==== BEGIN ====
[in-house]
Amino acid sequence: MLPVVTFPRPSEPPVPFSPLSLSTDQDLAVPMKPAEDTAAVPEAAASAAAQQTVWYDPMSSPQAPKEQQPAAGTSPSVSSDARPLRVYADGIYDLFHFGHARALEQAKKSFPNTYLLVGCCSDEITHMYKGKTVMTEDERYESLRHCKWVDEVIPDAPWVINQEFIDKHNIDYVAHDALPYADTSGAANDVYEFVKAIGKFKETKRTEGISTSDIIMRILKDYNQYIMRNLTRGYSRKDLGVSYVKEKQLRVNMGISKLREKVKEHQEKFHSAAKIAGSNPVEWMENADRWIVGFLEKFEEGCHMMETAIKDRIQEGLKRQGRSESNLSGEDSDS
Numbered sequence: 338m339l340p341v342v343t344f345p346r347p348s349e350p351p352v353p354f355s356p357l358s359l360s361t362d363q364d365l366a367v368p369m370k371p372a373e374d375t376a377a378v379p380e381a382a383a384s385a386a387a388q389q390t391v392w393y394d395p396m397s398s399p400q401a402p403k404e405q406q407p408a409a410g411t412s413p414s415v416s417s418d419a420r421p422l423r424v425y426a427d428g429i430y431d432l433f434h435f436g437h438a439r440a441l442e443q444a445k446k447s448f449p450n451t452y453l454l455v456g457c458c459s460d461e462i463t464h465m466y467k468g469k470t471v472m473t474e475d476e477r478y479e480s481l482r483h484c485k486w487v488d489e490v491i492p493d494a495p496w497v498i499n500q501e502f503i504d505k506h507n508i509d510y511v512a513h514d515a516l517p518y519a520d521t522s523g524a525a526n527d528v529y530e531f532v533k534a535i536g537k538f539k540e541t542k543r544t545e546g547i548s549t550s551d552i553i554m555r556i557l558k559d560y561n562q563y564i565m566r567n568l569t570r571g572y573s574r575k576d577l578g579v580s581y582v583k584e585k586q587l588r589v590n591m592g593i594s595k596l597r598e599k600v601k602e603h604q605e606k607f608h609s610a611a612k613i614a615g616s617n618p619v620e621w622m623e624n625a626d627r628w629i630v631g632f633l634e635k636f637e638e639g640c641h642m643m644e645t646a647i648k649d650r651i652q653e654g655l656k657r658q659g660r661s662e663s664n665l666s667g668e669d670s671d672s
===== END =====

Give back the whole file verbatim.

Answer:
[in-house]
Amino acid sequence: MLPVVTFPRPSEPPVPFSPLSLSTDQDLAVPMKPAEDTAAVPEAAASAAAQQTVWYDPMSSPQAPKEQQPAAGTSPSVSSDARPLRVYADGIYDLFHFGHARALEQAKKSFPNTYLLVGCCSDEITHMYKGKTVMTEDERYESLRHCKWVDEVIPDAPWVINQEFIDKHNIDYVAHDALPYADTSGAANDVYEFVKAIGKFKETKRTEGISTSDIIMRILKDYNQYIMRNLTRGYSRKDLGVSYVKEKQLRVNMGISKLREKVKEHQEKFHSAAKIAGSNPVEWMENADRWIVGFLEKFEEGCHMMETAIKDRIQEGLKRQGRSESNLSGEDSDS
Numbered sequence: 338m339l340p341v342v343t344f345p346r347p348s349e350p351p352v353p354f355s356p357l358s359l360s361t362d363q364d365l366a367v368p369m370k371p372a373e374d375t376a377a378v379p380e381a382a383a384s385a386a387a388q389q390t391v392w393y394d395p396m397s398s399p400q401a402p403k404e405q406q407p408a409a410g411t412s413p414s415v416s417s418d419a420r421p422l423r424v425y426a427d428g429i430y431d432l433f434h435f436g437h438a439r440a441l442e443q444a445k446k447s448f449p450n451t452y453l454l455v456g457c458c459s460d461e462i463t464h465m466y467k468g469k470t471v472m473t474e475d476e477r478y479e480s481l482r483h484c485k486w487v488d489e490v491i492p493d494a495p496w497v498i499n500q501e502f503i504d505k506h507n508i509d510y511v512a513h514d515a516l517p518y519a520d521t522s523g524a525a526n527d528v529y530e531f532v533k534a535i536g537k538f539k540e541t542k543r544t545e546g547i548s549t550s551d552i553i554m555r556i557l558k559d560y561n562q563y564i565m566r567n568l569t570r571g572y573s574r575k576d577l578g579v580s581y582v583k584e585k586q587l588r589v590n591m592g593i594s595k596l597r598e599k600v601k602e603h604q605e606k607f608h609s610a611a612k613i614a615g616s617n618p619v620e621w622m623e624n625a626d627r628w629i630v631g632f633l634e635k636f637e638e639g640c641h642m643m644e645t646a647i648k649d650r651i652q653e654g655l656k657r658q659g660r661s662e663s664n665l666s667g668e669d670s671d672s